A scene that pulls at the heartstrings is when Abdul Rahman’s hair, a sign of nobility, great beauty, and his manhood is shorn off by his ‘owner’. Foster capitalizes on Abdul Rahman’s expertise, natural leadership skills, and knowledge to build his cotton crop and empire. The producers had spent a large amount of time sifting fact from exaggerations by one of the key historical figures in the movie, John Marschalk, the printer who befriends Sori and later turns his back on him.
Abdul Rahman is fluent in several languages; he can read and write Arabic. He is an entrepreneur, a scholar, a leader, a captain, and a warrior. Abdul Rahman is disciplined and despite enslavement he masters his negative situation; a lesson that the panelists echo to the audience after the screening, in their discussion. Many slaves were not afforded the privilege of marriage but Prince, the unannounced overseer, is allowed to marry Isabella.
20 years after he is enslaved he reunites with John Cox, the first white man to have reached Timbuktu; a man rescued by the Sori family decades earlier. Cox takes up the cause to free Abdul Rahman.
His story, spread by Marschalk’s press, attracts the attention of President John Quincy Adams and Secretary of State Henry Clay. In a diplomatic effort aimed at freeing captured American sailors in Morocco, Abdul Rahman is released to return to Africa. However, the rest of his family is not.
Sponsored by freed black men associations and the American Colonization Society, Abdul Rahman and his wife Isabella travel around the US, speaking to paid audiences and trying to buy their clan’s freedom.
In one meeting he is requested by a Christian missionary group to write the Lord’s Prayer in Arabic so they can use it to teach Christianity; a year later they discovered that he had written Surah Al-Fatihah.
Partially successful, they leave the country after the election of President Andrew Jackson (a supporter of slavery), purchasing two of their sons and their families’ freedom. Upon reaching Liberia, he freely bows down in salah at the age of 67. He continues to work to free the rest of his children, but dies a few months after his return to Africa, before he ever reaches home.
Sr. Carole Munim a playwright, community activist, and the first Muslim in the White House (she worked under the Carter and Nixon administration) is also on the panel. As is the Asst. US Attorney Wendy Polhaus, who grew up in the area and Amir Muhammad, the curator of the Islamic History Museum. The panel reflects on the lessons that the audience could glean from Abdul Rahman’s life; the role of marriage under slavery and the issue of identity.
Sherry, a local resident, expects the documentary to connect to the present. “This is very similar to something I have seen earlier,” she says. Maran Cole, a library regular, enjoys the film. She had read a book on Abdul Rahman’s life and is very familiar with the history. The history of American Muslims is intertwined with the history of African Americans. “Why do many African Americans embrace Islam? It is in our genetic memory, the souls of slaves,” says Imam Shareef.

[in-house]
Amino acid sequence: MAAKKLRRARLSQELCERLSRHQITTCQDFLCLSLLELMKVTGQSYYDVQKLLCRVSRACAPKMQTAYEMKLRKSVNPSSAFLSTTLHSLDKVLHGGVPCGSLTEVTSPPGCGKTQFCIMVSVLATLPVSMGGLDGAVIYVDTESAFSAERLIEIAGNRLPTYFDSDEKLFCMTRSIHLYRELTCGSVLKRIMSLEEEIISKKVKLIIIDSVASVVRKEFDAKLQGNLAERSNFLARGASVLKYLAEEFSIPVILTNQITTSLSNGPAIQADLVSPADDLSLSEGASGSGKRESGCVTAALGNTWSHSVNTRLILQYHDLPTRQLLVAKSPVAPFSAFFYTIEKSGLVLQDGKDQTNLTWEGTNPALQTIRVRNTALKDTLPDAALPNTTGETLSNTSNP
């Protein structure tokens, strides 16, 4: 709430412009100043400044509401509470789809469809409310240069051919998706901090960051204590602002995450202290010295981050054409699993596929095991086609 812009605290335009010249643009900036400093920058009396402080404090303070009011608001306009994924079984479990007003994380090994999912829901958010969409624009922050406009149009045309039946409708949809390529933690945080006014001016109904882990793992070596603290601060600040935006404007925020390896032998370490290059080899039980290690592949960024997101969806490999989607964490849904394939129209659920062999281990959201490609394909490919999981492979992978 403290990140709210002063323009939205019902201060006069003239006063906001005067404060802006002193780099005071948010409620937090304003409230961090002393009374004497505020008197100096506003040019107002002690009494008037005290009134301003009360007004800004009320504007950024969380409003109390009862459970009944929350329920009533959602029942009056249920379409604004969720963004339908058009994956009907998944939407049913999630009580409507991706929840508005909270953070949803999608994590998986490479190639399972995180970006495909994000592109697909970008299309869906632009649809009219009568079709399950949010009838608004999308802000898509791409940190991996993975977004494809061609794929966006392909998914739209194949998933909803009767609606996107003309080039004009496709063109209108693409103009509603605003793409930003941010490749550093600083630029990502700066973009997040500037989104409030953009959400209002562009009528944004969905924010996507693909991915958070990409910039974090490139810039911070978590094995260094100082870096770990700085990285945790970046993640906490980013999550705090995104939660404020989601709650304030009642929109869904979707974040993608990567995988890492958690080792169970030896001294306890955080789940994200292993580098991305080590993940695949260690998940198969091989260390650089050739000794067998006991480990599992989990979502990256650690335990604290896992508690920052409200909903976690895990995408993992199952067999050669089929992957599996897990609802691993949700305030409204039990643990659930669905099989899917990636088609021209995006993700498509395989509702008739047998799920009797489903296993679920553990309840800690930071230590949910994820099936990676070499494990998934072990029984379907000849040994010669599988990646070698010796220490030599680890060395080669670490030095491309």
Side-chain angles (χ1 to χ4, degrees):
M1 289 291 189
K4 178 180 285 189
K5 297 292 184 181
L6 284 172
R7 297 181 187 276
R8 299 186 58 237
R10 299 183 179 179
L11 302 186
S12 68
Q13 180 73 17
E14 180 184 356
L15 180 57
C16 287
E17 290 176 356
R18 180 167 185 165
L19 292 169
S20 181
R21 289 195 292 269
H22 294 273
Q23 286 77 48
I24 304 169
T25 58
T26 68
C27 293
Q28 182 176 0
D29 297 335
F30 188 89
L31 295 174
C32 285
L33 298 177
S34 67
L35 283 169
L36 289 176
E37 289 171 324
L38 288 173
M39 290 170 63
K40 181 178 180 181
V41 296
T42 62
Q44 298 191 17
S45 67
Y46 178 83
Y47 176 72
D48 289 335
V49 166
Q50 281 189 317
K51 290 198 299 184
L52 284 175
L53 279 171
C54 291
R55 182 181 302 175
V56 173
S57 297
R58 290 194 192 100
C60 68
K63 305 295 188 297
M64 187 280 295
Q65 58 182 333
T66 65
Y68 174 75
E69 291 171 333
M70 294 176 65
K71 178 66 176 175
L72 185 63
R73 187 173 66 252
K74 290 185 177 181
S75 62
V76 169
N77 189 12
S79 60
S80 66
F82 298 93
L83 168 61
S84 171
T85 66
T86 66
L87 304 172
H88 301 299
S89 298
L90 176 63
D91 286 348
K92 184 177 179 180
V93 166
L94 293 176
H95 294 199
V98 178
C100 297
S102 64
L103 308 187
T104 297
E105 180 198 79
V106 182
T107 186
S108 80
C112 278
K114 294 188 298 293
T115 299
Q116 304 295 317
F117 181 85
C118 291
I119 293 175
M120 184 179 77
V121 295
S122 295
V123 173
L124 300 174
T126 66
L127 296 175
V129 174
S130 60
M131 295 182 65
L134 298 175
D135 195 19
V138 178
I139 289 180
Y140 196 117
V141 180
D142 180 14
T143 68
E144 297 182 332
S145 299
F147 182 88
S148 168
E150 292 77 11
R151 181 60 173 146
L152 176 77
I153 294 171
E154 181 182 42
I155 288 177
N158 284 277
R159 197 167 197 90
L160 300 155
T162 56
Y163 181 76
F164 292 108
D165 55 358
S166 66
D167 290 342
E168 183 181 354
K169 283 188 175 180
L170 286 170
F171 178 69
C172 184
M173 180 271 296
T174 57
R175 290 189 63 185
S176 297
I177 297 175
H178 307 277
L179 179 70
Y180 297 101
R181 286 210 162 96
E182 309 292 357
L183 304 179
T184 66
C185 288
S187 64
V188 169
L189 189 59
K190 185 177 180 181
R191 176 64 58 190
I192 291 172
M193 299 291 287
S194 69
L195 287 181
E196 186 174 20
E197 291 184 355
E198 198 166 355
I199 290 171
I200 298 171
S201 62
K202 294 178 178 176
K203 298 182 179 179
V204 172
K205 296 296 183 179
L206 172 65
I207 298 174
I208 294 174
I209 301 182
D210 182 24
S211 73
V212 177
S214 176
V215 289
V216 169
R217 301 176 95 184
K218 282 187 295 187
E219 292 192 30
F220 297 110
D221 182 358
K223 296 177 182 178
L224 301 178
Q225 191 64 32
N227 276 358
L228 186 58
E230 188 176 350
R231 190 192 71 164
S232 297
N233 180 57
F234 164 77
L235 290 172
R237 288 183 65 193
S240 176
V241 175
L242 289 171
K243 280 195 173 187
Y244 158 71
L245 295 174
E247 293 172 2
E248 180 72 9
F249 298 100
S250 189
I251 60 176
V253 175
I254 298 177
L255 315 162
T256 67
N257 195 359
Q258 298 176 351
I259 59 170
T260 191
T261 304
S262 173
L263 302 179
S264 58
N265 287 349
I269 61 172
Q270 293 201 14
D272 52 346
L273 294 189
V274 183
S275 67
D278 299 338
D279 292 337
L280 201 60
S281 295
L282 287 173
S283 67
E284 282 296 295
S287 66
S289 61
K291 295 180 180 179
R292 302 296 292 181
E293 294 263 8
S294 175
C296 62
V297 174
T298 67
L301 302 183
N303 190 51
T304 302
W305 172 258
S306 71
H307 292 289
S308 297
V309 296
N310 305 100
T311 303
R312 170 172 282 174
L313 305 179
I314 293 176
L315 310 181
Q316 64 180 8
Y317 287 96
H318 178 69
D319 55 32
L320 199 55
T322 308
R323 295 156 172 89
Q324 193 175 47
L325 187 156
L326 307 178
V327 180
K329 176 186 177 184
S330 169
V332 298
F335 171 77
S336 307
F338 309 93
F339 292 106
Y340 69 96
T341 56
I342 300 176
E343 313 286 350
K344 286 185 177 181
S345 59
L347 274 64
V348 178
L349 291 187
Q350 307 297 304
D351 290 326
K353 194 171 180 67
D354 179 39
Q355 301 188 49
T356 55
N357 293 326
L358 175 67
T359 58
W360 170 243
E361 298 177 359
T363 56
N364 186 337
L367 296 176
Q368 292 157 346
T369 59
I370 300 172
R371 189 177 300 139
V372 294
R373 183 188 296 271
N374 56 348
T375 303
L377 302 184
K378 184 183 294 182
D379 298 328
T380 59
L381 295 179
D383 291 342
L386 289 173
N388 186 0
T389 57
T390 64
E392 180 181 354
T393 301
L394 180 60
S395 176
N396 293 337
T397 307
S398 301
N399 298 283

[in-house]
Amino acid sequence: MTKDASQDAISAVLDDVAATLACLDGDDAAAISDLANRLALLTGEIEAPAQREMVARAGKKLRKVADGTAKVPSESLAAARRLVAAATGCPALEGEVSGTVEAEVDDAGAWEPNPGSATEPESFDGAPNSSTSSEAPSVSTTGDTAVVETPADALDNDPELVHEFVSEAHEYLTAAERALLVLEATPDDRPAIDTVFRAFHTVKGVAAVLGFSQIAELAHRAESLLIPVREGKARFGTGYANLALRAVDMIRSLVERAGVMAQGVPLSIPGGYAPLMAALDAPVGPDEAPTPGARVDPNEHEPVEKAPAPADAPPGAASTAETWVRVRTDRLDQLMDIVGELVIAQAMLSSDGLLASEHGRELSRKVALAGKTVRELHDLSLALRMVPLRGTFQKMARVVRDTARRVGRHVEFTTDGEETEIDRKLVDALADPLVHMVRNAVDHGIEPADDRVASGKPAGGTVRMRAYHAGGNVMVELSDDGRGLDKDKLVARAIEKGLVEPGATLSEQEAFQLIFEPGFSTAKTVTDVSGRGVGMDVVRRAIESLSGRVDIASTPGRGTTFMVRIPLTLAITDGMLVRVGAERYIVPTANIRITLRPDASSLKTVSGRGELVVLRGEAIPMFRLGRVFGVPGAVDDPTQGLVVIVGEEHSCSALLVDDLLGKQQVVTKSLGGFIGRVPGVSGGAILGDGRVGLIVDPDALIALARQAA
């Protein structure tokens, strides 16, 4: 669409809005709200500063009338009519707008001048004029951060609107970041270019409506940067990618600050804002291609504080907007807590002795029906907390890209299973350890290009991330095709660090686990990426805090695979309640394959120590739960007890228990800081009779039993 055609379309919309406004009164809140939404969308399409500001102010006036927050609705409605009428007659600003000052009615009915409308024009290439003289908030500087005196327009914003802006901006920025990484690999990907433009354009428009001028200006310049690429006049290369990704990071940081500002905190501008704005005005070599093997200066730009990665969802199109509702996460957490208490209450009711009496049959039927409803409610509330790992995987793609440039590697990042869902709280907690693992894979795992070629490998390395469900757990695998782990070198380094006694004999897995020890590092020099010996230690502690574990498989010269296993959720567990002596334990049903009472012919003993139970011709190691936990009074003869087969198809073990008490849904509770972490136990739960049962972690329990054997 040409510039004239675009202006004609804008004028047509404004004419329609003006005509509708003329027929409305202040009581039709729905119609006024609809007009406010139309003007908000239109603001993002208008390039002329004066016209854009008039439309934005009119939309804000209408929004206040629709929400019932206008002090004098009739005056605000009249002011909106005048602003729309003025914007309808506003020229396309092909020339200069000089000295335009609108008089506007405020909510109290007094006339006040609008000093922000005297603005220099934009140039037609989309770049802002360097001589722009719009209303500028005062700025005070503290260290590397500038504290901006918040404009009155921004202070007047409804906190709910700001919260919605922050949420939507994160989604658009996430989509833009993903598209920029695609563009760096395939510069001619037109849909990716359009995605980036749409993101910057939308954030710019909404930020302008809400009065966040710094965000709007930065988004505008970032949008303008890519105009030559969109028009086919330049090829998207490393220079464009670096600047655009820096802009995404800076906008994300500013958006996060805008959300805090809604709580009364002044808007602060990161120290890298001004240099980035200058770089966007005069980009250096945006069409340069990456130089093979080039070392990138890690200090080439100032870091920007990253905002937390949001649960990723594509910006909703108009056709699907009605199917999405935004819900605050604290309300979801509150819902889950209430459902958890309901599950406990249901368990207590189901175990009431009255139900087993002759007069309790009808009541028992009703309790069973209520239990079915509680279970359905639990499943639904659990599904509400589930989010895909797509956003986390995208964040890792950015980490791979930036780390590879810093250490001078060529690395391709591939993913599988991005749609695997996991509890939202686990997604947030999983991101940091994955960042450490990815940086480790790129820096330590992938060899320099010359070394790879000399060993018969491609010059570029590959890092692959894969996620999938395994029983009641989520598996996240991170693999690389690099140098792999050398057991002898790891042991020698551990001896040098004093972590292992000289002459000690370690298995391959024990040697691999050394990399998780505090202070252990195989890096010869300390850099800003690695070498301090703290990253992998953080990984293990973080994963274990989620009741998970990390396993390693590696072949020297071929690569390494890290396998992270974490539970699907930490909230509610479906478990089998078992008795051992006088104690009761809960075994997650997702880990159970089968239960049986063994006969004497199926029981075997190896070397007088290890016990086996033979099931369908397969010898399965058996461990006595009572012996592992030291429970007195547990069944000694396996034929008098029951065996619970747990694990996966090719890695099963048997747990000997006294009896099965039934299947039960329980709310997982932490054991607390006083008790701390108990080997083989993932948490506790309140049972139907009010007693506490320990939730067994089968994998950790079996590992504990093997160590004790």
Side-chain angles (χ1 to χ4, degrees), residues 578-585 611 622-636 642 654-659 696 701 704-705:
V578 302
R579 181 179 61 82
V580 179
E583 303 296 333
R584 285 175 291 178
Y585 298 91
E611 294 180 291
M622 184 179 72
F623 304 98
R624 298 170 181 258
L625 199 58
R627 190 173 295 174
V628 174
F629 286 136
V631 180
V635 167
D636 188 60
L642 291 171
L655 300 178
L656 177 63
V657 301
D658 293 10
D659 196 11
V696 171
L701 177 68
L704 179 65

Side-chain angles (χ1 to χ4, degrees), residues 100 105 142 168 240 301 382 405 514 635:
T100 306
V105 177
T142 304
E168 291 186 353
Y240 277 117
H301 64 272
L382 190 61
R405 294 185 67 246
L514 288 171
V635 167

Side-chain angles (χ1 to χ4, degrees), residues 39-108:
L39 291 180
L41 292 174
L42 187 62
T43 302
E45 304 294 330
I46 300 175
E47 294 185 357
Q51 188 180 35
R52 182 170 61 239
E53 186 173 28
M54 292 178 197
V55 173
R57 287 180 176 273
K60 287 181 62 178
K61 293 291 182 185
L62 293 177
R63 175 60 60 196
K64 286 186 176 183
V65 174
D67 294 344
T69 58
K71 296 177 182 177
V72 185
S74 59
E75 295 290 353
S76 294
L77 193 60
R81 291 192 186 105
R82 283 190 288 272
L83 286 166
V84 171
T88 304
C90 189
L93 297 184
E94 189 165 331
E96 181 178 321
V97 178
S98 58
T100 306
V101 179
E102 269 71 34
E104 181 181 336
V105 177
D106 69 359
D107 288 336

As the evening ends, Kronemer tells the audience how the two branches of Abdul Rahman Sori’s family met on the grounds of the Foster farms during the filming. Many generations of African Americans with the surnames Foster and Collins tracing their lineage back to the “prince among slaves” come to meet their African cousins.
“When they took them, our ancestors say the first thing they stripped were the shoes. Here are yours back,” said the eldest progeny from the African branch to the eldest from the American branch of the family, as he held up a pair of traditional African sandals in a ceremony similar to those held in the fields their past relatives tilled. Reunited, they still keep in touch today.
Stats not Stories: Problems with our Islamic History
Admit it. You’re bored by Islamic History. Sure, you might say that you find it fascinating, but the likelihood is that you are far more likely to be enamoured by the idea of what Islamic history should be like rather than the history itself.
How can I justify saying this? Well, lets take any other aspect of life that you are definitely not bored by. The latest Star Wars movie perhaps, Super Bowl 50 or all 7 Harry Potter books. Anything at all. Odds are that you can remember a lot about them in vivid detail. But if you’re asked the same thing about pretty much any aspect of Islamic history, the details are likely to be nowhere near as clear or captivating.
Relax. For once, it is not your fault.
Islamic history is the poor cousin of the Islamic sciences. It can often be poorly taught, poorly understood and even more poorly preserved. The blame for this partly falls on the shoulders of the Islamic historians themselves. Apart from some notable exceptions, many Islamic history books are dreary affairs over-filled with numbers, dates and exceptionally long names of individuals who sound very similar.